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Saturday, June 27, 2009


If you go down to the woods today, you’re sure of a big surprise

Shortly after The Tofu Love Frogs reformed, back in 2007, Paddy came up with the idea of a festival featuring the Frogs and any band that featured ex-Frogs. Given the number of people that had done time with them, this opened up the possibility of a fairly big bill. A field in Devon was sorted and word was spread through cyber space. Unfortunately Jupiter, Uranus and the local constabulary all aligned to make sure the motley gathering did not happen.

Jump forward in time for another crack at it. Frogstock 2009 is announced on ye-olde interweb.

Yep - you guessed it - Frogstock is coming! They begged them to play at Glastonbury but the Tofus want to play a free party in the woods instead. It promises to be one of the greats - so change whatever plans you had, put on your stomping boots and prepare for a night (or few) of mayhem and madness.

Free up the 27th of June and be prepared to settle in for a party that promises to last for days. More details about the exact location will be released closer to the time - but you’re looking at a half hour train ride from London in a kinda north easterly direction and a water taxi to the party location (taxi charge £2)

There’s a field for camping and the music is going to start around 9pm so arrive early to give the ferry a chance to get you all there, and to set up your canvas abodes (more details about best times to arrive as they become available)

As I was due to be in London on the 30th anyway, and the unions were paying for my rail fare, and I had annual leave to take, it was a no brainer, I was going. I waited with baited breath for more details. Then eventually….

Get to Harlow Mill Station. From the station, walk to the river and then walk up the river (north, so that the river is on your left) for 15 minutes or so until you reach the site. It’s inaccessible by road, if you prefer not to walk up the river, you can get the river taxi up there which will be running all afternoon. Bands will be on from 9pm so arrive early to set up your tents beforehand.

Can you bring a van/bus? If you do you won’t be able to stay in it because you’ll still have to walk up the river to the site.

Dogs (and free range kids) - this is important!!! The place is right next to a railway line and the fence is pretty much non existent, so don’t bring them for their own sake! It’s just not safe for them there. So if I hear of anything happening to them after I’ve warned you I will personally visit and kick your arse.

Who’s playing? Palm Tree Club, The Paisanos, Nutty and the Blazers, Chicken Shed Zeppelin, The Tofu Love Frogs, … and plenty DJs after and between

Last minute notes: BRING A TORCH!!

So, I emerged from the railway station and headed off in search of the river. Being a bloke I did not bother asking, I just wandered. After ten minutes I decided that I was getting to wet too worry about things like being a bloke and asked someone where the river was. I then turned around and headed in the right direction instead.

Paddy had already text me to say that the ‘water taxi’ had broken down, so with a purposeful step I headed north, with the river on my left. I pondered on the location. The theory was that the plod would not have time to muster enough boats to raid the place and it was unlikely they were going to walk. As the purpose in my step diminished, I could see why the old bill would not be up for raiding it on foot.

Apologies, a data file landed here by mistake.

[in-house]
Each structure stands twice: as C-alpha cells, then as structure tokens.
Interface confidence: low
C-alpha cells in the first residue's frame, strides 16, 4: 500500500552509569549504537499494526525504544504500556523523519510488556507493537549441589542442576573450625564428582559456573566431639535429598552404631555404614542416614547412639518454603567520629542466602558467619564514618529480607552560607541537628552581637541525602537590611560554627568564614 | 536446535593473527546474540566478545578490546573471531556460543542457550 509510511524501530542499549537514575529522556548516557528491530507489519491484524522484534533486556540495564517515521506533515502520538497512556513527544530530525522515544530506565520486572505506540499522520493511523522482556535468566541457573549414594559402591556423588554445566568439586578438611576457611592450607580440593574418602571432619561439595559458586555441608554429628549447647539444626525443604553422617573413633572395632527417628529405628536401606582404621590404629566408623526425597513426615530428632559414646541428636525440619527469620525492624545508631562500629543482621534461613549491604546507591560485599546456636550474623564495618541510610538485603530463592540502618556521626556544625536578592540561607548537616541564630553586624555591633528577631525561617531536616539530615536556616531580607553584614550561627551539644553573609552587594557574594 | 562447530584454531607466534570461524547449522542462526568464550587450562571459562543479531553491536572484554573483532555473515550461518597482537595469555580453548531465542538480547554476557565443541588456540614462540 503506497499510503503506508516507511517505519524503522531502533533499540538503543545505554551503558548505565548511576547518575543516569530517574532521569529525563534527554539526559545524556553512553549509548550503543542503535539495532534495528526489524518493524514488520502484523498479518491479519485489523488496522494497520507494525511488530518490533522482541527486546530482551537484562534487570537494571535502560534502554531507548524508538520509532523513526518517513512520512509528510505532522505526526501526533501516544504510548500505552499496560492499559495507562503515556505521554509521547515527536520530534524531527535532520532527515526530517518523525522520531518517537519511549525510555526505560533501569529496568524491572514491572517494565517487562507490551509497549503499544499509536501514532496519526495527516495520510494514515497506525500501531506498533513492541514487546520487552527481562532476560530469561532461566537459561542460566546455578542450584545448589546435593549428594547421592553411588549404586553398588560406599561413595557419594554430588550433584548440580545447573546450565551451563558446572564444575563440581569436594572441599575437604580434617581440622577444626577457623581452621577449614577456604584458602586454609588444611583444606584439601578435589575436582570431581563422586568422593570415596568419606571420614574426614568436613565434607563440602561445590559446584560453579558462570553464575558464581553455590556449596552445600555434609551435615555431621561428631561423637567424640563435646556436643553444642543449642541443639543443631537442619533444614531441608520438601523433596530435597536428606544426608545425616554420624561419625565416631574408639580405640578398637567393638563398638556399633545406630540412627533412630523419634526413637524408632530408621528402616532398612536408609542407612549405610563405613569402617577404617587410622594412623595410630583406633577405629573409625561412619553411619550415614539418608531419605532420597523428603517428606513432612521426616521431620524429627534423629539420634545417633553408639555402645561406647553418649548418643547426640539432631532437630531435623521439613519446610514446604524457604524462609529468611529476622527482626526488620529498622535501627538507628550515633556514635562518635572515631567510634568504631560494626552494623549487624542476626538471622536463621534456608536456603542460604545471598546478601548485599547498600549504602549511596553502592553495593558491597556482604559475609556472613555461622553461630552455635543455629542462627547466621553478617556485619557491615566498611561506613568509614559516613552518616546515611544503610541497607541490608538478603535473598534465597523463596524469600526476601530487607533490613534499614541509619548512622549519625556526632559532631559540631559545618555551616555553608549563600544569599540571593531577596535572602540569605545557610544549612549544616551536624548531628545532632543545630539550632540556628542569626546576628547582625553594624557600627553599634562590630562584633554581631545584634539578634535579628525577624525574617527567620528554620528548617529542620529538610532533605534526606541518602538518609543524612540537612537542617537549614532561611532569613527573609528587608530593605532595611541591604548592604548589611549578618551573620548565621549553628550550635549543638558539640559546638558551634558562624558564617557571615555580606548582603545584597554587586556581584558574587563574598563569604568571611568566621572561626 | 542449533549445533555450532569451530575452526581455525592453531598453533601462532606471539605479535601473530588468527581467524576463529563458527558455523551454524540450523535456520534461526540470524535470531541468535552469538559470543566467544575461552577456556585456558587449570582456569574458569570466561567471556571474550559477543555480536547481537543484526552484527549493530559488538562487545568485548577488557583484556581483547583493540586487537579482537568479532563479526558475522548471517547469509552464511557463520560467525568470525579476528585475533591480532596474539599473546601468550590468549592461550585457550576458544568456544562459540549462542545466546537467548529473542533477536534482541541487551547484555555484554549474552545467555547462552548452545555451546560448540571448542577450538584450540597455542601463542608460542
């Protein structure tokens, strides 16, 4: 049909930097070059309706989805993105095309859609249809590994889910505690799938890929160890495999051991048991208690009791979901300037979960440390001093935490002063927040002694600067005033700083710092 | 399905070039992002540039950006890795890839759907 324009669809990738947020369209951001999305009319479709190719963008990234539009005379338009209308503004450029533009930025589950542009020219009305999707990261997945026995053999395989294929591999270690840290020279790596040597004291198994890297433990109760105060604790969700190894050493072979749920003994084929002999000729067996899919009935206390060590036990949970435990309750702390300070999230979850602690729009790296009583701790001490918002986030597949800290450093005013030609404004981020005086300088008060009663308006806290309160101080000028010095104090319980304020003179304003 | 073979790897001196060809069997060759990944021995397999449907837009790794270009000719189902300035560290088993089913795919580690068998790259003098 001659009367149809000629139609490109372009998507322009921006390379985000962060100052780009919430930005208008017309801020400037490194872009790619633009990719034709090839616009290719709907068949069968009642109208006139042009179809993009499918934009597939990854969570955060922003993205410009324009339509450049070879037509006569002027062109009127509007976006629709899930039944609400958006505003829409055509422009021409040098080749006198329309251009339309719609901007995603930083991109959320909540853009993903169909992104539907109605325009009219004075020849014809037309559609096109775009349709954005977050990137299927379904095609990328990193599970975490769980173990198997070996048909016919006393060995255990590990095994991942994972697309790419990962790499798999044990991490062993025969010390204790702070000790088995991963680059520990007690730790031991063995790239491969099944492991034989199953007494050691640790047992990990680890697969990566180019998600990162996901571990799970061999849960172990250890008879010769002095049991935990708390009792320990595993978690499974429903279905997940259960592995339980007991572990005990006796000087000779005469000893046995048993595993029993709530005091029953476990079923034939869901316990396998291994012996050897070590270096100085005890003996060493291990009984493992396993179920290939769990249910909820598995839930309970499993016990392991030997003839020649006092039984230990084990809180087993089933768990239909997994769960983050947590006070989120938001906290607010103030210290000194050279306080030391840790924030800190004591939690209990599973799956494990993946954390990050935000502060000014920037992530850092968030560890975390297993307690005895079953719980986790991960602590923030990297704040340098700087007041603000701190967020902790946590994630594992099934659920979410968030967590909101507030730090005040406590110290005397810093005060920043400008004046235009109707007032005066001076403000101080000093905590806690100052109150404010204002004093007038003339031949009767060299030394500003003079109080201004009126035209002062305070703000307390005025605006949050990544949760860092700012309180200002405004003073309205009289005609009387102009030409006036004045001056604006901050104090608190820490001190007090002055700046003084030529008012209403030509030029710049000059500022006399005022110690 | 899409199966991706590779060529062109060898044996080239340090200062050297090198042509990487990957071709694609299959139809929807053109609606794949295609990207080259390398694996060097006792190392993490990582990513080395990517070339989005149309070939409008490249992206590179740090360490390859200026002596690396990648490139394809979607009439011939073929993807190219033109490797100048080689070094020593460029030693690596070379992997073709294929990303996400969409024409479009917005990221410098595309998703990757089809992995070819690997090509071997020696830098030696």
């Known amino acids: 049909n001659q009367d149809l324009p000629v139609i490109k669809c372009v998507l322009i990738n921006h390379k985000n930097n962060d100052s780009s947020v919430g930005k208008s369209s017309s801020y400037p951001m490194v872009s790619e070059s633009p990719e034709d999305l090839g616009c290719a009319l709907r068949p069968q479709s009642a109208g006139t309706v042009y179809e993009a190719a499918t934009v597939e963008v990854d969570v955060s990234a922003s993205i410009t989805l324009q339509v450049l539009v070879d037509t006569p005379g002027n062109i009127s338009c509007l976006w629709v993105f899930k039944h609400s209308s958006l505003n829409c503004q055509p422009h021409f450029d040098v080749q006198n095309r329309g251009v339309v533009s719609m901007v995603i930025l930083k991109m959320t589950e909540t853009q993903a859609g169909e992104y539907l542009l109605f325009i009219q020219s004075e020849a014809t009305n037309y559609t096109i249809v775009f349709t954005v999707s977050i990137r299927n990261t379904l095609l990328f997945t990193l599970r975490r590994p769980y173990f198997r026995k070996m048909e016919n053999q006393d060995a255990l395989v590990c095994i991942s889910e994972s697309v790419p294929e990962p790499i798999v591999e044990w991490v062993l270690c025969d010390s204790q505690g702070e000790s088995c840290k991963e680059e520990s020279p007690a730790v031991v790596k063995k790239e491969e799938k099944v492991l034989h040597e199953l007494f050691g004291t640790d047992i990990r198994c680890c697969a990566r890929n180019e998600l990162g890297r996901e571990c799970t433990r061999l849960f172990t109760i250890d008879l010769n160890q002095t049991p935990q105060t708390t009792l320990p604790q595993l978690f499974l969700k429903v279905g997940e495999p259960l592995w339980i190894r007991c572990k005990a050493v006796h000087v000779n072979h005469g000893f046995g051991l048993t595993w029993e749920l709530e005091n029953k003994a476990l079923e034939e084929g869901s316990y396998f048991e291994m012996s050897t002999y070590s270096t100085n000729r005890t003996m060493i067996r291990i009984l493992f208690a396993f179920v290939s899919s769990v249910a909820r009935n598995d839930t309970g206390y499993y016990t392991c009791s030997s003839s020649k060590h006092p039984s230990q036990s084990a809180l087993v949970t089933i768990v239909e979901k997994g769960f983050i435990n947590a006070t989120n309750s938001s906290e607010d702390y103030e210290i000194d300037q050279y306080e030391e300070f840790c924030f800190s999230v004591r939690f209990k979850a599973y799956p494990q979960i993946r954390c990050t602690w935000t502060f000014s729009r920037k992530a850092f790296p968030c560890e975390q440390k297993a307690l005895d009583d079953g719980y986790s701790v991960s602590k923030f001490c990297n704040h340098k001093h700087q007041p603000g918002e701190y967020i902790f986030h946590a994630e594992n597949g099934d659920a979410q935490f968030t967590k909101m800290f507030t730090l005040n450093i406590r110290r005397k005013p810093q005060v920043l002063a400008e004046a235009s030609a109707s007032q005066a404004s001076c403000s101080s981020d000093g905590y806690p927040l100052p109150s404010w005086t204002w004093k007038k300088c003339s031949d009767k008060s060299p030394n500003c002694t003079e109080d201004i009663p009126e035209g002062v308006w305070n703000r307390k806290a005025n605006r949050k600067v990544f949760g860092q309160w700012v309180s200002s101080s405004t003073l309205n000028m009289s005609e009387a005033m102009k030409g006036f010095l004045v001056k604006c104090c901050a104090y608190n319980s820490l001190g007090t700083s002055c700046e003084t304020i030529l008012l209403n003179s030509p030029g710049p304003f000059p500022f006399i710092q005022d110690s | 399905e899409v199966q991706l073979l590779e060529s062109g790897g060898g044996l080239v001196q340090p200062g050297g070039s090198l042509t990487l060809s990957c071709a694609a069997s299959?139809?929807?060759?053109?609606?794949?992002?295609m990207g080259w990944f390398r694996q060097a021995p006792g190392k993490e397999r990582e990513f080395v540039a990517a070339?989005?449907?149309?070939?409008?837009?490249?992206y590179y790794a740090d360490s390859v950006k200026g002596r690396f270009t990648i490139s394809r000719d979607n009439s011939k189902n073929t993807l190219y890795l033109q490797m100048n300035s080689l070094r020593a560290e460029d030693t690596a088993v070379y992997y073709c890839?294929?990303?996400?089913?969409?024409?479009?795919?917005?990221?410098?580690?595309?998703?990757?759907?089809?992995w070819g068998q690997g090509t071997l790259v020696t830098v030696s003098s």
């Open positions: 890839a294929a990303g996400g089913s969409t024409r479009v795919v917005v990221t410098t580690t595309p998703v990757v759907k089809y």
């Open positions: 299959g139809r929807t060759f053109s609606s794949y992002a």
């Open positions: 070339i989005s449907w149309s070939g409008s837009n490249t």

Beautiful houseboats were moored along the banks of the river, generally far enough apart for them not to be able to intrude upon each other’s space. My mind drifted off to a week spent on the Norfolk Broads. Eventually I spied an armada of houseboats, or whatever the collective noun is, moored up together. These were less beautiful and had the look of a scrap yard about them. I guessed, correctly, that this was the place. The boats belonged to Paddy and his mates and before mooring up for the night had transported all the gear that was to be used for the party up the river.

Three blokes ambling in the other direction advised “When you get to the woods, take a right by the big gas bottle”. I was not sure if I should be flattered or insulted that they had recognised me as a party head.

As soon as I turned right into the woods, I had to negotiate a ditch about twenty feet wide and five feet deep. A rope for people to hang on to indicated that this was not a wrong turning but the easiest way to get to the party. I followed the sound of laughter till I reached another ditch, this time about fifteen foot deep and thirty feet wide. From the tarps stretched between the trees above and the sheets of plywood at the bottom I guessed that this was what passed for ‘the main arena’.

With the reflexes of a cat I managed to avoid being garrotted by the ropes holding the tarps up and found my way to the bottom of the ditch (sorry, to the dance floor) without a slip, trip or fall. I decided that rather than relax after my seven-hour train journey, the best plan of action was to strive on a little longer and get my tent up. Besides, there did not really appear to be anywhere to relax that did not involve rain or mud.

Kel (Tofu Axe Hero) was doing something roadie-like with the PA but took a few seconds out to say hello and point me in the direction of the huge slippery embankment I had to climb to get to the ‘camping field’. After conquering the south face of the camping field with only one near death experience, I surveyed the terrain to decide which patch of nettles I was going to pitch my tent on, then proceeded to erect my canvas abode; well, nylon actually but that does not have the same romantic connotations. Last summer came rushing back to me as I remembered what it was about my tent that was broken. The pole that holds out the mini-awning. No matter, I was going to be dry.